Nelson Mandela University students protest over security, free education

Students at Nelson Mandela University in Port Elizabeth protest for better security measures after a student has been raped on campus. Picture: File.PHOTO:
Students at Nelson Mandela University in Port Elizabeth protest for better security measures after a student has been raped on campus. Picture: File.PHOTO:

Students at Nelson Mandela University have embarked on a mass protest and threatened to shut down the campus if their grievances are not addressed.

The South African Students Congress (Sasco), which also leads the university’s Student Representative Council (SRC), raised concerns about the university’s protection services department, the security of shuttle services, as well as National Student Financial Aid Scheme (Nsfas) accommodation payments for students who live off campus.

Students are still not happy with the security department’s head, Derek Huebsch, who last year came under fire after an incident where an unauthorised person gained access to the university premises and stabbed a student.

Another student was raped in the same location.

“Our view is that this department needs to be restructured both at an operational and strategic level,” said Sasco in a statement.

SRC deputy president, Qhamane Sinefu, said Huebsch was “incompetent” and had “no sense” of how to ensure safety on the campus.

Sinefu said they had learnt that Huebsch’s contract comes to an end soon and the students do not want the university to offer him a new one.

Attempts to contact Huebsh were unsuccessful at the time of publication.

The students said they were happy with a functioning shuttle service but had concerns about the security of the service.

Sinefu said they were also worried about the certainty of the contract because the service providers were “operating on a month-to-month contract”.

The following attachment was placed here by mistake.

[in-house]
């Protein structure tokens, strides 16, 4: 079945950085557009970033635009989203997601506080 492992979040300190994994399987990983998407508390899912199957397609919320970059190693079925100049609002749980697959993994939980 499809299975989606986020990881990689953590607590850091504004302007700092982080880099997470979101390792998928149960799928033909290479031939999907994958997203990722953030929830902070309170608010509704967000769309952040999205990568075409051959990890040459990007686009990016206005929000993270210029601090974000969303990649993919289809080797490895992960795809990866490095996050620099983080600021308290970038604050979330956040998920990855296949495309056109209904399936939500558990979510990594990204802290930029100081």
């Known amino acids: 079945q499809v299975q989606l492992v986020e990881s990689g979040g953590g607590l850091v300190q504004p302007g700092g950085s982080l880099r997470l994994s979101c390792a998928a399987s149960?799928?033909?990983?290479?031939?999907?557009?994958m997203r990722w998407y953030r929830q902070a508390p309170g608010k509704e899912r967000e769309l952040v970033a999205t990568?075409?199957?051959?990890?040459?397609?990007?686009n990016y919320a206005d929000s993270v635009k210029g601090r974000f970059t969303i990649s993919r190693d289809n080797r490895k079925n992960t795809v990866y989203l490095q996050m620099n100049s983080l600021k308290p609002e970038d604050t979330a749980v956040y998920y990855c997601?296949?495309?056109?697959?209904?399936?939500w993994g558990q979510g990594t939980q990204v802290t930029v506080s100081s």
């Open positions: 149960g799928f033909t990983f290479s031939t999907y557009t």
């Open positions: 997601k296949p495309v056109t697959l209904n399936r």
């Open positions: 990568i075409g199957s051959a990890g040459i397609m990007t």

He said a contract of seven to ten years with the service providers would be ideal.

Students also demanded that the institution speed up the process of implementing free education.

In December 2017, former president Jacob Zuma announced that education for the poor and working class should be free from 2018.

“Sasco believes that government, universities, together with the private sector, should be more creative in finding ways of implementing this announcement so that students, particularly those that are already in the system, are able to receive their various allowances and support material to participate in academic activities from an equal footing,” Sasco’s statement read.

Sasco also had concerns about students who live off-campus and depend on Nsfas for financial aid.

“Many off-campus students have received threats from their residence management that after the long weekend they will get evicted,” Sasco said in a statement.

Sinefu said the students have engaged with the managers of the off-campus residences and “we asked them to bear with us”.

The students will attempt to find a solution with the university management on Wednesday afternoon.

“We expect timelines and proper plans,” said Sinefu ahead of the meeting.

“Engagements between university management and protesting students are ongoing and we are not in a position to respond to the specifics as yet,” said Nelson Mandela University media manager, Zandile Mbabela.

Vehicle access to the campuses has been closed and the university advised staff members and students to liaise with their line managers and lecturers for alternative work options as negotiations with the protesting students continue.

- Additional reporting by News24

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